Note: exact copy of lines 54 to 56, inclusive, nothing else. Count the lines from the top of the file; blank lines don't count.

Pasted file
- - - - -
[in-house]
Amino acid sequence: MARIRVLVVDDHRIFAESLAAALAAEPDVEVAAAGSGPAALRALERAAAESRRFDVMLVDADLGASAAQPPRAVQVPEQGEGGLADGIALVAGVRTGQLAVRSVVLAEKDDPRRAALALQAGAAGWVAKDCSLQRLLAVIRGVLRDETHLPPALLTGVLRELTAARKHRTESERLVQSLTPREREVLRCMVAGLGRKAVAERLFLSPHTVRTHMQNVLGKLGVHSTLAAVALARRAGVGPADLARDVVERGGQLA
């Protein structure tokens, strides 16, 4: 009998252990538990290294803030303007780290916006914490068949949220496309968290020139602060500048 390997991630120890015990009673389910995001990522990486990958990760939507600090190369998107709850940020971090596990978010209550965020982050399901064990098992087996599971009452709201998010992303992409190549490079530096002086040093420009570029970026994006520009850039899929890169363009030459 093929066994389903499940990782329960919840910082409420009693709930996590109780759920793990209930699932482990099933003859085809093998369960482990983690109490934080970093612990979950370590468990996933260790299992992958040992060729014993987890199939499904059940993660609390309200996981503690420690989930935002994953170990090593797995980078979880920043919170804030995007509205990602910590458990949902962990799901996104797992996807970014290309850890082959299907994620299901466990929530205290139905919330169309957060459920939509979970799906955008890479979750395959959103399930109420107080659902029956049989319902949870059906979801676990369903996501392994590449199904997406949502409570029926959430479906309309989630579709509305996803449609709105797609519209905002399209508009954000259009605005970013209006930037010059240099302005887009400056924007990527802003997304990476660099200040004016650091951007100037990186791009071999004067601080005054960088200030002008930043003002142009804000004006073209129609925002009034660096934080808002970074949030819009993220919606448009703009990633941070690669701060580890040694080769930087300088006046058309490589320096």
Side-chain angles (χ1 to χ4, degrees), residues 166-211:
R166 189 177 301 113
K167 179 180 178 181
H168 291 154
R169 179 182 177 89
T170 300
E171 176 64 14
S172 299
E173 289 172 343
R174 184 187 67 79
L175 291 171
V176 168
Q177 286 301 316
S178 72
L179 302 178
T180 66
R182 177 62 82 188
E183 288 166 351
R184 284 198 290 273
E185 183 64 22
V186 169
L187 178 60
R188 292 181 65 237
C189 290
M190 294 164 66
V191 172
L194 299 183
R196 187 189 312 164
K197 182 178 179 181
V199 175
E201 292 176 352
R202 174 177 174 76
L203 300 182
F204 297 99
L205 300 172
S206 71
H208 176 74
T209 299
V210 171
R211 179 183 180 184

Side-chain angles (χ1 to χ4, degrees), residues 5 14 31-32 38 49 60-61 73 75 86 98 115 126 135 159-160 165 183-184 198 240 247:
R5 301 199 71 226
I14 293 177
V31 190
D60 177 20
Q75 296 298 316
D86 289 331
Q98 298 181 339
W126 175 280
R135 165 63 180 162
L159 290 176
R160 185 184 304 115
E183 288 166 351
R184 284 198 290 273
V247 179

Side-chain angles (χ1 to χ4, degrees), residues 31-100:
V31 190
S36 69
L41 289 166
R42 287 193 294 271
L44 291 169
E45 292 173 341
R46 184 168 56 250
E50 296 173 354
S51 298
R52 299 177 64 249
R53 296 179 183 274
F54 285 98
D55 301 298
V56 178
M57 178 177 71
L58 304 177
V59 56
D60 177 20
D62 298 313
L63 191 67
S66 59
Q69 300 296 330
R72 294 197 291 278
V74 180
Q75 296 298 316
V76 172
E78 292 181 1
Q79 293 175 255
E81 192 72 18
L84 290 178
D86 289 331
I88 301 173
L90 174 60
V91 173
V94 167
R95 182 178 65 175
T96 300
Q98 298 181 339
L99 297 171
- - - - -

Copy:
L159 290 176
R160 185 184 304 115
E183 288 166 351